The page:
Saint Mike's theater students put plenty of large and small-scale shows on throughout the academic year. Unfortunately I hadn’t seen any so far, until a week ago Friday.
The show, APPetite, was an original "devised" piece of theater, and it explored the modern obsession with technology. In it, after having come back from studying abroad in Italy, the main female character struggles to reconnect with her sister and friends who seem to be enslaved by their iPhones, deals with her uncooperative boyfriend, and eventually is driven to try to find love in a robot. The show is audience interactive, where at one point audience members can text questions to a character on stage. The plot was well developed, the characters were interesting, and the content led one to reflect on one's own relationship with technology. I, for example, having recently gotten an iPhone, would struggle if for some reason I suddenly didn't have it, and seeing this show made me consider what my own appropriate balance with technology should be.
I was so impressed with the show that this past week I sought out an interview with two of the show’s participants, Liz and Amanda (it’s their senior seminar), and we had the opportunity to talk this past Friday during the Undergraduate Research Symposium.
We sat down in a row of chairs off to the side so I could record the interview on my phone (ironic?), and I began by asking what the inspiration was behind the piece, and what made them decide to do a show on technology:
Amanda: "Well it was really our director Kathy's idea. She wanted to do a show about technology, a devised piece; and... do you know what devised theater is? (I did) You do? Ok. So basically we started meeting back in September with the whole cast and all we had was one idea to go off of and we just started shooting off ideas and we had lists and lists of different plot lines, of different ways in which technology influences our lives; and it kind of all just stemmed from this one idea, and we picked some things that we thought people could relate to as well as some new things about technology that would interest people as well.”
I then asked Liz about her own character in the show (the sister of Amanda’s character), who was iPhone addicted because of her fast-paced career in the technology business, and did portraying that character make her reflect on how she used technology in her own life:
Liz: “Absolutely, and something Kathy really wanted to get across were the positive aspects of technology as well as the negative, and I think I've definitely discovered in my own life how negatively I use technology, I mean, I'm kind of glued to it all the time.” (I indicated a similar sentiment)
When I told them that the show had led me to think about how I used technology in my own life, they were pleased because that was one of their clear objectives. And it was a long, arduous process; at one point they had to cut a chunk of the cast because the show was growing too large and lacked direction, they said. They didn’t enjoy cutting people, but some left voluntarily which made it a little less painful.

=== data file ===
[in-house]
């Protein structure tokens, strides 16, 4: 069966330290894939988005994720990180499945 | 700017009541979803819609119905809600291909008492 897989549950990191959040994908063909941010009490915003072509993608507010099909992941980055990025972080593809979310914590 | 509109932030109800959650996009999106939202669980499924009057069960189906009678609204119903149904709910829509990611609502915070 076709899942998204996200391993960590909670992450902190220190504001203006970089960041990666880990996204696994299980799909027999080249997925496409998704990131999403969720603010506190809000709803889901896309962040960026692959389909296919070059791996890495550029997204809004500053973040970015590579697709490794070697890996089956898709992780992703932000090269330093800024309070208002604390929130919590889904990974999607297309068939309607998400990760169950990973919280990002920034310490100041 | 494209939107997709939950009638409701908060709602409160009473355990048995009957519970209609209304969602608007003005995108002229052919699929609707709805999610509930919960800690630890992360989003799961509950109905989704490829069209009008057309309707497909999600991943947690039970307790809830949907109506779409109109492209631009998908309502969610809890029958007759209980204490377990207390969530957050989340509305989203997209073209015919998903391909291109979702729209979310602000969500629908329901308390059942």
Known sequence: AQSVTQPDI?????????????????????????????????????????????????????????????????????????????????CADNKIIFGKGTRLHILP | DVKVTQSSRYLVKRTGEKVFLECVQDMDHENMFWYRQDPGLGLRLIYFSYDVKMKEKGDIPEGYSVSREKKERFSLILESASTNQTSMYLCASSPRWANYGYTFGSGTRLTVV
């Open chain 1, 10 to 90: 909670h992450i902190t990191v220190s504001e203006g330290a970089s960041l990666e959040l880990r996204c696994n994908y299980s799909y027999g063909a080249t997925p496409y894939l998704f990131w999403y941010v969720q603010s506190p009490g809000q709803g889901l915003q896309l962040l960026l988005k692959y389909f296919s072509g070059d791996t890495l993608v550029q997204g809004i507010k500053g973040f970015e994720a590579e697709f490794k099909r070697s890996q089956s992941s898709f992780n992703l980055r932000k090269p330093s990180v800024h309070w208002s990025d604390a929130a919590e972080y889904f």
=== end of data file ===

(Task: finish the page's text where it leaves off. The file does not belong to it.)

Another obstacle Liz and Amanda faced was, since it was their senior seminar, having to shape and concentrate on other characters in the show while still working on their own. “There was a lot of tears and frustration,” they agreed. And the show went through a lot of transformation. “Amanda’s character was a drug addict at one point,” Liz said, laughing.
And because of the nature of the piece, they had the opportunity to integrate experiences from their own lives into the show. For example, Amanda’s character studied abroad in Italy, and so did she. “All the pictures [in the show] were real,” she said; and when her character in the show is experiencing a post-study abroad withdrawal, she took that from her own life.
Like Liz mentioned earlier, though, the show was intended to highlight the positive aspects of technology as well as the negative. In APPetite, Amanda was able to stay connected with her friends from study abroad via skype, and everyone in the show was connected in some positive way via technology. So the show begs the question of moderation; because yes, it’s cool that you can order joke books online to impress girls, but it becomes consuming when getting things or doing things online are the only ways you can impress girls.
Before we ended the interview, I asked Liz and Amanda if they had any advice for incoming theater majors. They agreed that the best way to start as a freshman is to be willing to “start from scratch”, because acting in college is a whole new ball game. “You might come into your freshman year after having gotten leads as a senior in high school, but that may not happen your first year of college,” they said. But they encouraged incoming students to get involved in any way possible, because the department has tons of opportunity to do so; whether they’re on the main stage or a smaller venue, and the department is always willing to support a pitch for smaller shows. Also, they said, be willing to just listen and learn, because that's the best way to learn and grow in the theater.
APPetite ran 11-14, 18-21 of April, 2012.
Photo credit goes to Keelia Liptak (Thanks Keelia!). Also, check out these blog posts from Keelia (who designed lighting for the show) and Brendan (another participant):
APPetite: SMC Spring Mainstage
Lighting Design for Appetite
New Play: APPetite in Rehearsal!
APPetite: A Saint Michael's Production
Thanks for reading!